His name is Jose Antonio Vargas; a Filipino by birth, but American by choice. For most of his life, the 40-year-old immigrant has lived illegally in the United States. Others, in similar circumstances, do their best to keep that status secret. But Vargas has made a career of openly flouting US immigration law. And, instead of enforcing it, his adopted country has rewarded this migrant scofflaw with money, fame, and professional acclaim. Meet the man frequently referred to as America’s “public face of undocumented immigrants.”
It wasn’t always so. Born in Antipolo, Philippines, Vargas lived a fairly average life until age 12, when his mother sent him to stay with his grandparents—both naturalized US citizens—in Mountain View, California. The only problem was that she never made it legal. But this was America, the land of opportunity. And so, using a forged or altered passport, driver’s license, green card and social security number, the ambitious young man spent the next decade keeping his secret while pursuing an education and successful journalism career.
In 2011, he finally came clean regarding his immigration status. “I’m done running,” Vargas wrote in a much-ballyhooed New York Times Magazine essay detailing his years on the lam. “I’m exhausted. I don’t want that life anymore.”
I thought of Vargas recently upon reading an opinion piece he’d written for my alma mater, the Los Angeles Times, in anticipation of California’s (ultimately unsuccessful) attempt to recall its governor. “In my 28 years of living as an undocumented immigrant in the United States,” he wrote, “I’ve never voted in an election… If your vote is your voice, as the adage goes, then surely undocumented people are human beings deserving to be heard…”
The inescapable conclusion: that living in America’s self-declared “sanctuary state” which allows undocumented residents to get driver’s licenses, enjoy state-funded healthcare, pay low in-state college tuitions, and serve on government commissions, is no longer enough for this unlawful immigrant-turned-activist. What he really wants now is the unmitigated right to vote.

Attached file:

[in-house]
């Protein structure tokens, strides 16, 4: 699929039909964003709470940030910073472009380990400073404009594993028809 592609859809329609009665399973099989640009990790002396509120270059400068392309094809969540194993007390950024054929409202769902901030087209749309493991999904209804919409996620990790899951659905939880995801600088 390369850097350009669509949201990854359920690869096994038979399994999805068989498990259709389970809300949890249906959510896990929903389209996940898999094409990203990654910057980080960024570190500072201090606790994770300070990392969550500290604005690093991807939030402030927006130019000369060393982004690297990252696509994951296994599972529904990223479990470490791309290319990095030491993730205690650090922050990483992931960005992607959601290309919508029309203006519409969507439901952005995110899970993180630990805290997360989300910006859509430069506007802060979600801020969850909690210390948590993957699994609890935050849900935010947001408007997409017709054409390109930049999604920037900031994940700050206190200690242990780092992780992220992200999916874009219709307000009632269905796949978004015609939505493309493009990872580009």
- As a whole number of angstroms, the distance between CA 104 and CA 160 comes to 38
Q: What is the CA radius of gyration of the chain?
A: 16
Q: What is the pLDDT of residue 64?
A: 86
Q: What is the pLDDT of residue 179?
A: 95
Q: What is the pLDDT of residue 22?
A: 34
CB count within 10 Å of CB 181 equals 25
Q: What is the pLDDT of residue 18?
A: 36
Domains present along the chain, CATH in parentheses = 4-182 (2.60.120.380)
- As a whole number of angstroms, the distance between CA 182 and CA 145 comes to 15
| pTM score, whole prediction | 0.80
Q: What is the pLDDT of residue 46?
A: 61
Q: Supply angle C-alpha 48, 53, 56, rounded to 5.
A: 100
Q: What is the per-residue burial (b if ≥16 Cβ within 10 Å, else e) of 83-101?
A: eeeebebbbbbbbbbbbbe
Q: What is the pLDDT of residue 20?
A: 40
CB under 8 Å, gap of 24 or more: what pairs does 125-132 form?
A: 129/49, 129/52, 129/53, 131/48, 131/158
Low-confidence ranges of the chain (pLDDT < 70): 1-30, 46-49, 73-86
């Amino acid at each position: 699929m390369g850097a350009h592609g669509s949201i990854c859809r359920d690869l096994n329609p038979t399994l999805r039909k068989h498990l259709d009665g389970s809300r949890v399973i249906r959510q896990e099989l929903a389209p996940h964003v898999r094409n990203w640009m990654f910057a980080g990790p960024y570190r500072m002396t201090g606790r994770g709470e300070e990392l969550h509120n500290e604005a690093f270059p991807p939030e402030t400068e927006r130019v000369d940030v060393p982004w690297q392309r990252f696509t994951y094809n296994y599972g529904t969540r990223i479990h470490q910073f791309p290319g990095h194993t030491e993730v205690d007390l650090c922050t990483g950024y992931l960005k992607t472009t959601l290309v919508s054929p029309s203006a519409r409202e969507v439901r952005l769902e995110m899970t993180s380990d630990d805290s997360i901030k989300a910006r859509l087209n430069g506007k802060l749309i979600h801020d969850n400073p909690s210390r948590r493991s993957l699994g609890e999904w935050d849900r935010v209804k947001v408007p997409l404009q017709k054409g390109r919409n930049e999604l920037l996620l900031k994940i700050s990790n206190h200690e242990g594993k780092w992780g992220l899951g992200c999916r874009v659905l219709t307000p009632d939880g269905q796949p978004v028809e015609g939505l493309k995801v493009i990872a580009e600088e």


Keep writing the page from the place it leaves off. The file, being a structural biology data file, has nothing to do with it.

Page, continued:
I couldn’t help but compare his illegal status in America to my quite-legal permanent residency here in the land of his birth. Not only am I unable to vote in Philippine elections, but could actually get deported just for participating in a political demonstration or publicly expressing a political opinion. As for receiving state-funded benefits, well, foreigners in the Philippines—including legal permanent residents such as myself—can’t even own land in their own names.
Please don’t construe this as a complaint. The Philippines, like any other sovereign nation, has the absolute right to control its own borders and determine which opportunities to avail those who are citizens and those who are not. That right, in fact, is basic to the very definition of a nation. My only question: why, in so many minds, does it apply to every country in the world except the United States?
It’s a serious concern, currently being tested along the country’s southern border, where thousands of illegal migrants gather almost daily. Many eventually get in; a development that could drastically alter the nation’s demographics and—if Vargas ever gets his way on voting—its political future as well.
I have nothing against him personally. He strikes me as a fine individual, talented writer, and someone who works hard and pays his taxes. If it were up to me, in fact, I wouldn’t hesitate to grant Vargas full and permanent citizenship in the good old US of A.
While I don’t begrudge his proven ability to thrive illegally in America, however, I resent his holding that behavior up as an example for others to follow. And I absolutely abhor his using the public platform he has created to promote views I believe undermine the country he says has been his salvation.
“I don’t know what the consequences will be of telling my story,” Vargas wrote in that notorious magazine piece of 2011.
The answer is now abundantly clear: the only consequence was his increased influence, fortune, and fame. Not to mention, a Bay Area elementary school bearing his name. Truly one of the stranger ironies that is America.
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David Haldane’s latest book is a short-story collection called “Jenny on the Street.” A former staff writer at the Los Angeles Times where he shared in a 1992 Pulitzer for coverage of the LA riots, Haldane is an award-winning American author, journalist and broadcaster currently dividing his time between homes in Joshua Tree, California, and Northern Mindanao, Philippines, where this column appears weekly in the Mindanao Gold Star Daily.